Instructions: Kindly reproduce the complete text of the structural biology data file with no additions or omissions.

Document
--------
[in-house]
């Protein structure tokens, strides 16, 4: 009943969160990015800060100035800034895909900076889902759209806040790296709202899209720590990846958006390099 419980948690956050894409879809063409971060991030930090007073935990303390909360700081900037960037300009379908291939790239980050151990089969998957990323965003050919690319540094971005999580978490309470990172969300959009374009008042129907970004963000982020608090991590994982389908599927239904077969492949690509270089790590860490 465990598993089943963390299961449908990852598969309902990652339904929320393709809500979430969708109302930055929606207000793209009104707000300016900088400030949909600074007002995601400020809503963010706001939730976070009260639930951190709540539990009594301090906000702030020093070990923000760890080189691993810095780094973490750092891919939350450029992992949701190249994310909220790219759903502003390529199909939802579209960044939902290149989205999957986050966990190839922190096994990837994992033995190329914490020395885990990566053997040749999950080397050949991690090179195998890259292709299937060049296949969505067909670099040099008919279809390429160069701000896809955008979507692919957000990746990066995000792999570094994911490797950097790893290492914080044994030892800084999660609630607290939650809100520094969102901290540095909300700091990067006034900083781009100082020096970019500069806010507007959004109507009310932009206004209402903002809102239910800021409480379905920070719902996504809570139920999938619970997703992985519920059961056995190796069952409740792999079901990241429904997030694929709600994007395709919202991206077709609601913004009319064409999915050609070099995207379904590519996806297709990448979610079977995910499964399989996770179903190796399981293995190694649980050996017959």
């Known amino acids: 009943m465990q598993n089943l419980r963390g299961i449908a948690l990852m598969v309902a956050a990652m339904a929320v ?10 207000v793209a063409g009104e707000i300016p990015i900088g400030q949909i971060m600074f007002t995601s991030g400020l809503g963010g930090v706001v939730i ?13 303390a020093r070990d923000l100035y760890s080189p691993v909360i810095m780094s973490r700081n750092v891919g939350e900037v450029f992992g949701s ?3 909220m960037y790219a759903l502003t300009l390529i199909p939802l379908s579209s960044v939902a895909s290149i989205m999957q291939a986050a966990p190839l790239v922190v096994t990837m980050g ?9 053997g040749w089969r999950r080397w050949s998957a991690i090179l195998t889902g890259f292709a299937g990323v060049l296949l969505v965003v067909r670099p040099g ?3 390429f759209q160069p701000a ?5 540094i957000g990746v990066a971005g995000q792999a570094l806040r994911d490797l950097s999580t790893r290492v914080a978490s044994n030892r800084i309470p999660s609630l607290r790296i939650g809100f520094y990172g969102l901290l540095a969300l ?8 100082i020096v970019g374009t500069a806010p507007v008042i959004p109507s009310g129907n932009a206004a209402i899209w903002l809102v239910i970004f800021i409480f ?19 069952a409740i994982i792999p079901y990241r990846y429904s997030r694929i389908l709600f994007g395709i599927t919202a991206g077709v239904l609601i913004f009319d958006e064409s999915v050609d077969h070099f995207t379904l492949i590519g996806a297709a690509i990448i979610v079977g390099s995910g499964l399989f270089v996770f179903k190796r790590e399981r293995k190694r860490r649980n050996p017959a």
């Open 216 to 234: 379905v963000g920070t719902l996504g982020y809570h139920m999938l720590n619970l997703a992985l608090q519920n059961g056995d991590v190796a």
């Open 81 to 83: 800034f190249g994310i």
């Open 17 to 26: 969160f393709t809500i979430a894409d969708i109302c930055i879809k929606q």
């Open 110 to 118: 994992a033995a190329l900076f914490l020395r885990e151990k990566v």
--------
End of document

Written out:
[in-house]
């Protein structure tokens, strides 16, 4: 009943969160990015800060100035800034895909900076889902759209806040790296709202899209720590990846958006390099 419980948690956050894409879809063409971060991030930090007073935990303390909360700081900037960037300009379908291939790239980050151990089969998957990323965003050919690319540094971005999580978490309470990172969300959009374009008042129907970004963000982020608090991590994982389908599927239904077969492949690509270089790590860490 465990598993089943963390299961449908990852598969309902990652339904929320393709809500979430969708109302930055929606207000793209009104707000300016900088400030949909600074007002995601400020809503963010706001939730976070009260639930951190709540539990009594301090906000702030020093070990923000760890080189691993810095780094973490750092891919939350450029992992949701190249994310909220790219759903502003390529199909939802579209960044939902290149989205999957986050966990190839922190096994990837994992033995190329914490020395885990990566053997040749999950080397050949991690090179195998890259292709299937060049296949969505067909670099040099008919279809390429160069701000896809955008979507692919957000990746990066995000792999570094994911490797950097790893290492914080044994030892800084999660609630607290939650809100520094969102901290540095909300700091990067006034900083781009100082020096970019500069806010507007959004109507009310932009206004209402903002809102239910800021409480379905920070719902996504809570139920999938619970997703992985519920059961056995190796069952409740792999079901990241429904997030694929709600994007395709919202991206077709609601913004009319064409999915050609070099995207379904590519996806297709990448979610079977995910499964399989996770179903190796399981293995190694649980050996017959």
């Known amino acids: 009943m465990q598993n089943l419980r963390g299961i449908a948690l990852m598969v309902a956050a990652m339904a929320v ?10 207000v793209a063409g009104e707000i300016p990015i900088g400030q949909i971060m600074f007002t995601s991030g400020l809503g963010g930090v706001v939730i ?13 303390a020093r070990d923000l100035y760890s080189p691993v909360i810095m780094s973490r700081n750092v891919g939350e900037v450029f992992g949701s ?3 909220m960037y790219a759903l502003t300009l390529i199909p939802l379908s579209s960044v939902a895909s290149i989205m999957q291939a986050a966990p190839l790239v922190v096994t990837m980050g ?9 053997g040749w089969r999950r080397w050949s998957a991690i090179l195998t889902g890259f292709a299937g990323v060049l296949l969505v965003v067909r670099p040099g ?3 390429f759209q160069p701000a ?5 540094i957000g990746v990066a971005g995000q792999a570094l806040r994911d490797l950097s999580t790893r290492v914080a978490s044994n030892r800084i309470p999660s609630l607290r790296i939650g809100f520094y990172g969102l901290l540095a969300l ?8 100082i020096v970019g374009t500069a806010p507007v008042i959004p109507s009310g129907n932009a206004a209402i899209w903002l809102v239910i970004f800021i409480f ?19 069952a409740i994982i792999p079901y990241r990846y429904s997030r694929i389908l709600f994007g395709i599927t919202a991206g077709v239904l609601i913004f009319d958006e064409s999915v050609d077969h070099f995207t379904l492949i590519g996806a297709a690509i990448i979610v079977g390099s995910g499964l399989f270089v996770f179903k190796r790590e399981r293995k190694r860490r649980n050996p017959a």
């Open 216 to 234: 379905v963000g920070t719902l996504g982020y809570h139920m999938l720590n619970l997703a992985l608090q519920n059961g056995d991590v190796a």
């Open 81 to 83: 800034f190249g994310i």
């Open 17 to 26: 969160f393709t809500i979430a894409d969708i109302c930055i879809k929606q």
């Open 110 to 118: 994992a033995a190329l900076f914490l020395r885990e151990k990566v």